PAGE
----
The Vedas are India’s most ancient and sacred teachings, an oral tradition that was first written down about three thousand years ago. They were chanted and memorised and passed on from generation to generation, and used to be the preserve of men of particular castes.
Towards the end of his life, however, the great yogi T Krishnamacharya felt that the art of Vedic chanting was in danger of becoming extinct as India became more modernised, and that it should therefore be taught to any who were sincere in their desire to learn.
Since then it has been taught by teachers in his tradition, both as an art and discipline, and as a practice which can bring many of the benefits that yoga brings – it can make people feel better, healthier, happier, more positive, more at peace with themselves and the world. It is used extensively for healing, having proved to be extremely helpful in cases of stuttering and other speech impediments, for example, but also for many others, suffering from all kinds of problems and none.
You do not have to be able to sing! Only three notes are used. Chanting from the Veda-s is the most wonderful thing to do. The sound takes us to silence, the silence of the heart. It is a meditative discipline – indeed, Krishnamacharya used to say that it was the most suitable meditation for people in this distracted age. It makes us feel calmer but also stronger, more joyful and more positive.
Modern science is at last finding explanations for what people knew experientially thousands of years ago: the neuroscience of singing shows that when we sing our neurotransmitters connect in new and different ways. It fires up the right temporal lobe of our brain, releasing endorphins that make us smarter, healthier, happier and more creative. When we sing with other people this effect is amplified.
The Veda-s are the great teachings on which all the classical Indian philosophies, including yoga, were based. When we chant them, we connect not only with our own heart, but also with people going back over thousands of years.
I love it for the way it makes me feel, and also because sometimes, when I feel that I can do nothing else – not asana (bodily postures), not pranayama (breathing exercises), not meditation – I can still chant.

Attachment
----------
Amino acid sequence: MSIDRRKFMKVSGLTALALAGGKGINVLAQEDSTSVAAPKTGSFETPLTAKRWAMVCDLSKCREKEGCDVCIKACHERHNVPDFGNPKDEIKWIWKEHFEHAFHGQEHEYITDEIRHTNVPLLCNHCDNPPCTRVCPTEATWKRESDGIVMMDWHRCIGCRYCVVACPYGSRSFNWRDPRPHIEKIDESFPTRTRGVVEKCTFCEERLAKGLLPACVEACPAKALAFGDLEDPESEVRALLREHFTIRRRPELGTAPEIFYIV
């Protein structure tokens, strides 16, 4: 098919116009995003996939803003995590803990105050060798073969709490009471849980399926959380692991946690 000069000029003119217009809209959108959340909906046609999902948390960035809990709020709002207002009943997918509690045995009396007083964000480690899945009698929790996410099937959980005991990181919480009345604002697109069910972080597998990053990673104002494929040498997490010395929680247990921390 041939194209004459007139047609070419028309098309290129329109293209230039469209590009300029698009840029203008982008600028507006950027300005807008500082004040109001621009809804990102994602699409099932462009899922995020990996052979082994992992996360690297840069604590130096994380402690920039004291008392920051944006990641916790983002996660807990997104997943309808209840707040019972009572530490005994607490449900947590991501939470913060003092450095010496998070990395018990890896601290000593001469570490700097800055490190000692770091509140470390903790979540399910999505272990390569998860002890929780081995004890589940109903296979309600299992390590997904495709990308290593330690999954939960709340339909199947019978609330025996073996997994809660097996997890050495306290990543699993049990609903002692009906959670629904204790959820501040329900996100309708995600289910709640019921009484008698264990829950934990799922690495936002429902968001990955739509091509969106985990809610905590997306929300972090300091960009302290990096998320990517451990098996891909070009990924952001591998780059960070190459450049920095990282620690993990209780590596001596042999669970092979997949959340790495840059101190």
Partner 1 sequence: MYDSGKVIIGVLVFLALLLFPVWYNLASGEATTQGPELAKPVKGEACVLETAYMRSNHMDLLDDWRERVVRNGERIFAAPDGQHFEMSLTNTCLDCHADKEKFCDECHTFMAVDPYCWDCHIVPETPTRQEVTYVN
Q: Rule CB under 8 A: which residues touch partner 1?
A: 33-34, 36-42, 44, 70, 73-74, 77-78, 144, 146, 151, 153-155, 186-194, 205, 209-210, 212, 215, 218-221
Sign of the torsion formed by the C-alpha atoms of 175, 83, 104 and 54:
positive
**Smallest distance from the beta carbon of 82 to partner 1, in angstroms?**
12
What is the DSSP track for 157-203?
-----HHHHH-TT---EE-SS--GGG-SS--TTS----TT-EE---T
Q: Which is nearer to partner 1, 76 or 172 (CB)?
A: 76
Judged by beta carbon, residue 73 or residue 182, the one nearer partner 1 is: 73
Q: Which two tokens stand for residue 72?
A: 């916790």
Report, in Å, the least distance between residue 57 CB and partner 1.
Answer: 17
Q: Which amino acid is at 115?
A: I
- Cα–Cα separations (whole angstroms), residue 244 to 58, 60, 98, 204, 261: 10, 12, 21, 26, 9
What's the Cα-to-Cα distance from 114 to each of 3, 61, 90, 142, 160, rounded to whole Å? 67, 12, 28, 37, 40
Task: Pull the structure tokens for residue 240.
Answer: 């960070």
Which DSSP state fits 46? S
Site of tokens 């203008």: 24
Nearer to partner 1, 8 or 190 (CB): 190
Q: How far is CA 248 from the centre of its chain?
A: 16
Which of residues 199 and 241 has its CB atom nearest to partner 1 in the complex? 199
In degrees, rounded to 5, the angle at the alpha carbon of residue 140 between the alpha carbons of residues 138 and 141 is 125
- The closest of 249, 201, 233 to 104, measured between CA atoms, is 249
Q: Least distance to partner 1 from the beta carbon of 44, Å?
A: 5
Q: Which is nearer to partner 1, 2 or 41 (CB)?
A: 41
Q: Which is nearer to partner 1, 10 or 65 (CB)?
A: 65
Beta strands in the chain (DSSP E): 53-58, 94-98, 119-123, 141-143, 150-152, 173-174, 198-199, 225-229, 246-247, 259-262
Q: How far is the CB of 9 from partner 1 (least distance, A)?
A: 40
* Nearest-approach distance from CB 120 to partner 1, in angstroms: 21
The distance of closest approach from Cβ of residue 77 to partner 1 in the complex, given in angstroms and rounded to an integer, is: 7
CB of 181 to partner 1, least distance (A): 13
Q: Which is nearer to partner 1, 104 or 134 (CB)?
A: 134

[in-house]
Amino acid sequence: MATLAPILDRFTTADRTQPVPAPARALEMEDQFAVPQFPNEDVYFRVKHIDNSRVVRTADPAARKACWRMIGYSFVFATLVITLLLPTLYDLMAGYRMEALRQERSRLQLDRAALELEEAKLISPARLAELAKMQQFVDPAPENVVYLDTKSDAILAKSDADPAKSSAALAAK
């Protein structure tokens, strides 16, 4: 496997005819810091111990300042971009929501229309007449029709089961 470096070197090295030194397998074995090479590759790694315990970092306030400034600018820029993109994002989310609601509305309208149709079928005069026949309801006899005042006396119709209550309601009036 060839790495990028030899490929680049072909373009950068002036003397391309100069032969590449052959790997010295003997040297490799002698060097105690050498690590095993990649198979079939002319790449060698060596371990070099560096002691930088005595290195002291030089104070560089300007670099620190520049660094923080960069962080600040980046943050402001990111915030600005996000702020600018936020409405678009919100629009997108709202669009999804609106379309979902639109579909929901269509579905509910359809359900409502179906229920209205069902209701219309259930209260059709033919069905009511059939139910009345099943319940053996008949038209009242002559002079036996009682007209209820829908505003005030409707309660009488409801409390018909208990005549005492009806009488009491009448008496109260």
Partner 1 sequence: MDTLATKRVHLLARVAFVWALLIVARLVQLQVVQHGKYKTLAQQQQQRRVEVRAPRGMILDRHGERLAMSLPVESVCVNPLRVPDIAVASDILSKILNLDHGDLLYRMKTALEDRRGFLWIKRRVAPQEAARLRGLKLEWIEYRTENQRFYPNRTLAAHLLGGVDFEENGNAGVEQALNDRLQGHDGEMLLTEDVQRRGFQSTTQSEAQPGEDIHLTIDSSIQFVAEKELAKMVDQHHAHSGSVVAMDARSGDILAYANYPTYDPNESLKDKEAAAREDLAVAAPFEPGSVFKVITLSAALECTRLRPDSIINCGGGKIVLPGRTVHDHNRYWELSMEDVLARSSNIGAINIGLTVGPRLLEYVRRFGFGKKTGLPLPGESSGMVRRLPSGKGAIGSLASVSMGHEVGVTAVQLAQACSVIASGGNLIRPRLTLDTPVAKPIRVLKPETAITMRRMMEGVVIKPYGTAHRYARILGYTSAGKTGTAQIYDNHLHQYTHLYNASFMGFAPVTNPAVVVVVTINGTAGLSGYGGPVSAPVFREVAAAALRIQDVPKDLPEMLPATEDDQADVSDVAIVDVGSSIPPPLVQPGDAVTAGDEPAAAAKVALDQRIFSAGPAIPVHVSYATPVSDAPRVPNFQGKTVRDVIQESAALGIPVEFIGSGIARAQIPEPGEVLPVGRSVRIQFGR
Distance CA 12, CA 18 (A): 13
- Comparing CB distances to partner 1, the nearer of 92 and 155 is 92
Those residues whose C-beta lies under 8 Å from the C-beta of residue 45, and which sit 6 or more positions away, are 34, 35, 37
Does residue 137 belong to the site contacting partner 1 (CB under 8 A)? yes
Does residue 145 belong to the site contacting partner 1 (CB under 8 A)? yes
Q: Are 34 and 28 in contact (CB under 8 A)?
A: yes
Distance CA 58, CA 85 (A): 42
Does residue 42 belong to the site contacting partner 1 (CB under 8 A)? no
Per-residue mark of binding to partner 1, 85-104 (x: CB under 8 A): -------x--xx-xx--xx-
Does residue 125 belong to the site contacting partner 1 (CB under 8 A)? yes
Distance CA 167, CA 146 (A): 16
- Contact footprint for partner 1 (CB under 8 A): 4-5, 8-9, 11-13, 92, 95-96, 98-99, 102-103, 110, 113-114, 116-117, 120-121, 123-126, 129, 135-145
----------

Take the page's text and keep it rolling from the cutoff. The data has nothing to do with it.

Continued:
I teach both face to face and with Zoom, which can be downloaded free. I charge £35 for a 50-minute individual class, and I plan to continue teaching courses on Zoom.
During the last year I developed two courses which I teach on Zoom. They consist of seven sessions, usually over seven weeks, each session lasting one hour.
An Introduction to Sanskrit and Mantra costs £50, and is a mix of theory and practice. I look at some key Sanskrit words used frequently in yoga, and some mantras, one of which we use in a short practice. One person wrote: Thank you so much…I felt uplifted and light after the session…
An Introduction to Vedic Chanting costs a little more: £50 plus £35 for an individual class, (this is optional!) and a book of chants is needed, which I send you, costing £21, or around £25 with postage.
Quite a few people have now done an introductory course in Vedic chant with me. If enough people would like me to do a follow-on course, then I should be happy to offer it: same format: seven weeks with an hour’s class a week, plus at least one individual class if you want a certificate at the end.
I provide a certificate for these courses, for those who want them.
Please contact me if you are interested in doing either of these courses, and mention, when you do, if there are days or times that you cannot manage, as I shall do the courses again when I have enough people.